Anyone who thought rich Chinese had stopped splurging should develop a taste for fine wine.
More than 120 world records were set for lots of wine sold in Hong Kong last weekend by auctioneer Acker Merrall & Condit. The auction, which was the firm's largest to date in 2014 with $5.8 million in sales, was led by buyers from mainland China, according to CEO John Kapon.
Four of the top 10 buyers were Chinese, including the biggest spender who bought more than $400,000 in wine, Kapon said. A Chinese buyer also purchased a single lot that tied for the sale's top-selling item: a 65-vintage "vertical" composed entirely of bottles of Chateau Latour, a famous red from France's Bordeaux region. That bundle of wines cost the buyer a cool $70,000.
The strong demand may come as a surprise after recent signs of a pullback in indulgences among wealthy Chinese. The slowdown has been blamed on a variety of factors including a deceleration in economic growth, a cooler property market, along with a government crackdown on gift-giving and entertainment.
Cartier parent Compagnie Financiere Richemont, for instance, has noted softer jewelry sales in the China region in the last several months. Even General Mills said last week that sales at its Häagen-Dazs ice cream cafés have been hurt by a cutback in entertainment and gift-giving in China.
The pain has been especially acute in Macau, which is known to attract Chinese gamblers. Macau's gaming revenue declined in June, July, and August after a long string of gains, according to government data.That has caused a sharp selloff in U.S. listed casino companies with major exposure to Macau. Shares of Wynn Resorts have fallen 17 percent in the last six months while Las Vegas Sands has declined 24 percent.
Strong wine sales just might be a sign that Macau's troubles are coming to an end. A recent Deutsche Bank study pointed out that there is a 72 percent correlation between Macau gaming revenue and prices of fine French wine. The link could make sense: Rich Chinese have long had a penchant for French wine such as the famous Bordeaux sold at last weekend's auction.
Some casino moguls remain bullish on Macau. This week, Wynn founder Steve Wynn said he was "not concerned" about the recent slowdown in Macau gaming revenue. "I think the future of Macau is terrific," he was reported to say on Wednesday by the South China Morning Post.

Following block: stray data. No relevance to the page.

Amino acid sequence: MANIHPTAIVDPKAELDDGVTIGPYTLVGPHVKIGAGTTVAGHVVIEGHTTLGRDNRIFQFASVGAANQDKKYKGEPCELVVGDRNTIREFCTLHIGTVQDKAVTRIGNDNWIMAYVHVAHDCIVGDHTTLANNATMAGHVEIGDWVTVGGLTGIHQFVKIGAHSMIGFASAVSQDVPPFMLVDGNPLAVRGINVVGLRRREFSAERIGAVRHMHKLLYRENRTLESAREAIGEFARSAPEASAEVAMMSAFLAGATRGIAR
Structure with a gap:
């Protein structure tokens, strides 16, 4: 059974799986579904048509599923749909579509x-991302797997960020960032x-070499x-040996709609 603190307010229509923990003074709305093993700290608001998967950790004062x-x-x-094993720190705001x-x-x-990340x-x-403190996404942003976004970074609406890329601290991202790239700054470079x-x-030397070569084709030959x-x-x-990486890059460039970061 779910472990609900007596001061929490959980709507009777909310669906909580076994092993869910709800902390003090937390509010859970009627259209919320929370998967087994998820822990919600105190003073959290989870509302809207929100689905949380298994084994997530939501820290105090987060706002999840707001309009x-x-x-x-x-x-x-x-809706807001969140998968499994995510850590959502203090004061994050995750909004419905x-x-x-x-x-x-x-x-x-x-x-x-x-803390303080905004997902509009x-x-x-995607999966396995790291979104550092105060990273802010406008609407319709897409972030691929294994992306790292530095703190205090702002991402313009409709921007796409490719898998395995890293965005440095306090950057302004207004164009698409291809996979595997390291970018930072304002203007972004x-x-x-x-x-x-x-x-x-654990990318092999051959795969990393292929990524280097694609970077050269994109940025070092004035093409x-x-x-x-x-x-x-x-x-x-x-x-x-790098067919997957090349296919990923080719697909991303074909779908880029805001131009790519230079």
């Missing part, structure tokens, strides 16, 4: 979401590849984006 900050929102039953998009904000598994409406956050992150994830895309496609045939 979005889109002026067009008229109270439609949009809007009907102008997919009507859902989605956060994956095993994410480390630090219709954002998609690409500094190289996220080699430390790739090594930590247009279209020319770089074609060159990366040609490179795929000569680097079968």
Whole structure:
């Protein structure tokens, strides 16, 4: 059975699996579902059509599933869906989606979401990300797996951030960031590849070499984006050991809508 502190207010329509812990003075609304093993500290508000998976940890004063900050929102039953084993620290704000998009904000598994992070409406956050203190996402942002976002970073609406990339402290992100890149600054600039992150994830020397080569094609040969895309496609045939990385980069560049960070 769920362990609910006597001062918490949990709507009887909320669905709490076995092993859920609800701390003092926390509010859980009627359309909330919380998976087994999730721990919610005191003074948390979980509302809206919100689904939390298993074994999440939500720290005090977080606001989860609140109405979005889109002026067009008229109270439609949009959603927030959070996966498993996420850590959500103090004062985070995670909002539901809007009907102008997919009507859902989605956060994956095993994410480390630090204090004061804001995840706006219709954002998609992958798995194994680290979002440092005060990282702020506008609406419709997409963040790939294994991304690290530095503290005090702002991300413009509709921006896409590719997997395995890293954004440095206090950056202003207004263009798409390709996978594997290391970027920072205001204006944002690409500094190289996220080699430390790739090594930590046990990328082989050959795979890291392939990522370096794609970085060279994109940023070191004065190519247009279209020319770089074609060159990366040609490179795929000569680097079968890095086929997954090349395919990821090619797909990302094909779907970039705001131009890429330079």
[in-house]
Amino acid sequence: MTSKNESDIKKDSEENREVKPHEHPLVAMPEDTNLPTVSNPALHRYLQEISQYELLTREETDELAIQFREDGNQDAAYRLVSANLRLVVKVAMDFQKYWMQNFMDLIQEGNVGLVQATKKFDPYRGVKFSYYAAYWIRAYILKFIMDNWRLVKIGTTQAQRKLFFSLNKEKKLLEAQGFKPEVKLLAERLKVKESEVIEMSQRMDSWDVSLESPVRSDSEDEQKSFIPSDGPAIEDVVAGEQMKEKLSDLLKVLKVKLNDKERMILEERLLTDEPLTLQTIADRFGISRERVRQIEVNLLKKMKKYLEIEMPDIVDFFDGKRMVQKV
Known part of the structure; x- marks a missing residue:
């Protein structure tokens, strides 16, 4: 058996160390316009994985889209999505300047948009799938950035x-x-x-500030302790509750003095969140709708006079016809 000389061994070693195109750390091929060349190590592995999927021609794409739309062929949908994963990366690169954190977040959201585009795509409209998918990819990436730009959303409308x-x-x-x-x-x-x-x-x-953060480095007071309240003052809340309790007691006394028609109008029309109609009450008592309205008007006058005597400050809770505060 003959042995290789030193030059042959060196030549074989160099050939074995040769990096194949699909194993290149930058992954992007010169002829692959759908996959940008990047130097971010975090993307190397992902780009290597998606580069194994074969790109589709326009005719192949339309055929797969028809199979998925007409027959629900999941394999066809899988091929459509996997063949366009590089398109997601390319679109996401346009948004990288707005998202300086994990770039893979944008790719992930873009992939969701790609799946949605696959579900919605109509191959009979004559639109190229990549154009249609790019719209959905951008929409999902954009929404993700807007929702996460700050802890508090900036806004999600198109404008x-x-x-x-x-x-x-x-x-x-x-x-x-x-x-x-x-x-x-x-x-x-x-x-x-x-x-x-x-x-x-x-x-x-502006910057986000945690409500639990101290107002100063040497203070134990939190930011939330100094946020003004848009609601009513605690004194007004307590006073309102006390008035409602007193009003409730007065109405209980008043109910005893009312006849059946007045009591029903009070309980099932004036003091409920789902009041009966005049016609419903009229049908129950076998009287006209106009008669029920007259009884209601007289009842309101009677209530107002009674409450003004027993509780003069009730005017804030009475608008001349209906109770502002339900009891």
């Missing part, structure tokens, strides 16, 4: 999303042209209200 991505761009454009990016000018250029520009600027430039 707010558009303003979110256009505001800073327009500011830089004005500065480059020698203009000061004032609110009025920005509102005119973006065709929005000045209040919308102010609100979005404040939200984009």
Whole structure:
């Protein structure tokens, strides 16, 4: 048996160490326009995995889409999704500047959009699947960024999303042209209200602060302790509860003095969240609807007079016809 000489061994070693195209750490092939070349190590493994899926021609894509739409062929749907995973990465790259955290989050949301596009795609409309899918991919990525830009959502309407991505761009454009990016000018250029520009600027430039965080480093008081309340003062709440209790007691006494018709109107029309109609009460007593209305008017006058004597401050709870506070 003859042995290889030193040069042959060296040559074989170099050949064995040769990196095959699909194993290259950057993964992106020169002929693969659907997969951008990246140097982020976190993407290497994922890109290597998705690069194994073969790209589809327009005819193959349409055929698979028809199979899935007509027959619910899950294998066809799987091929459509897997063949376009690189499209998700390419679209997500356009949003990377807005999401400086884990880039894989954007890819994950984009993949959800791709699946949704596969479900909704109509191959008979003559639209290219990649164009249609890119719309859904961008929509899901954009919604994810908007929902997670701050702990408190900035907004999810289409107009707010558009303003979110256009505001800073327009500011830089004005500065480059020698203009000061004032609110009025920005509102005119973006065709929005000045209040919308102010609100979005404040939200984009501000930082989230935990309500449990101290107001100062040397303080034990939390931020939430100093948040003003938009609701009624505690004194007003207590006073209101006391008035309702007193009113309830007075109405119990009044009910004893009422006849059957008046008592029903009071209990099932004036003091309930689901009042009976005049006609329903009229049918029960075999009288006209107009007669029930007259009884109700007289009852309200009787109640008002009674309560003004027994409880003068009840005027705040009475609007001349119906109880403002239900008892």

Kapon said that the auction attendees seemed as enthusiastic as ever. "We had a packed room both days," he said. "That's one of the leading indicators—how many people show up."
In Hong Kong, wine buyers are much more likely to appear in person than in the U.S., Kapon said. "It's much more of a culture where you bid in the room than absentee," he said. "People like the action. It's kind of the gambling mentality that goes out here."
Fine wine has some unique characteristics that may make it more resilient than other markets. For one, people tend to drink what they buy. "Supply of the best stuff is constantly dwindling," Kapon said. "There's probably more strength in the wine market during times of adversity."
Other highlights from last weekend's auction included a rare 12-bottle case of 1978 Domaine de la Romanée-Conti La Tache from France's Burgundy region. The case, which went to an American buyer, tied for the most expensive lot at the auction at a price of $70,000. Kapon pointed out that other Burgundy wines were also snapped up by Chinese buyers, who have branched out from their traditional focus on Bordeaux.
Certain Bordeaux wines remain below their previous peak levels from 2011, when wealthy Chinese buyers helped drive prices to stratospheric levels. While those wines have pulled back, prices of others such as Burgundy wines have continued to grind higher and account for a larger percentage of auction sales.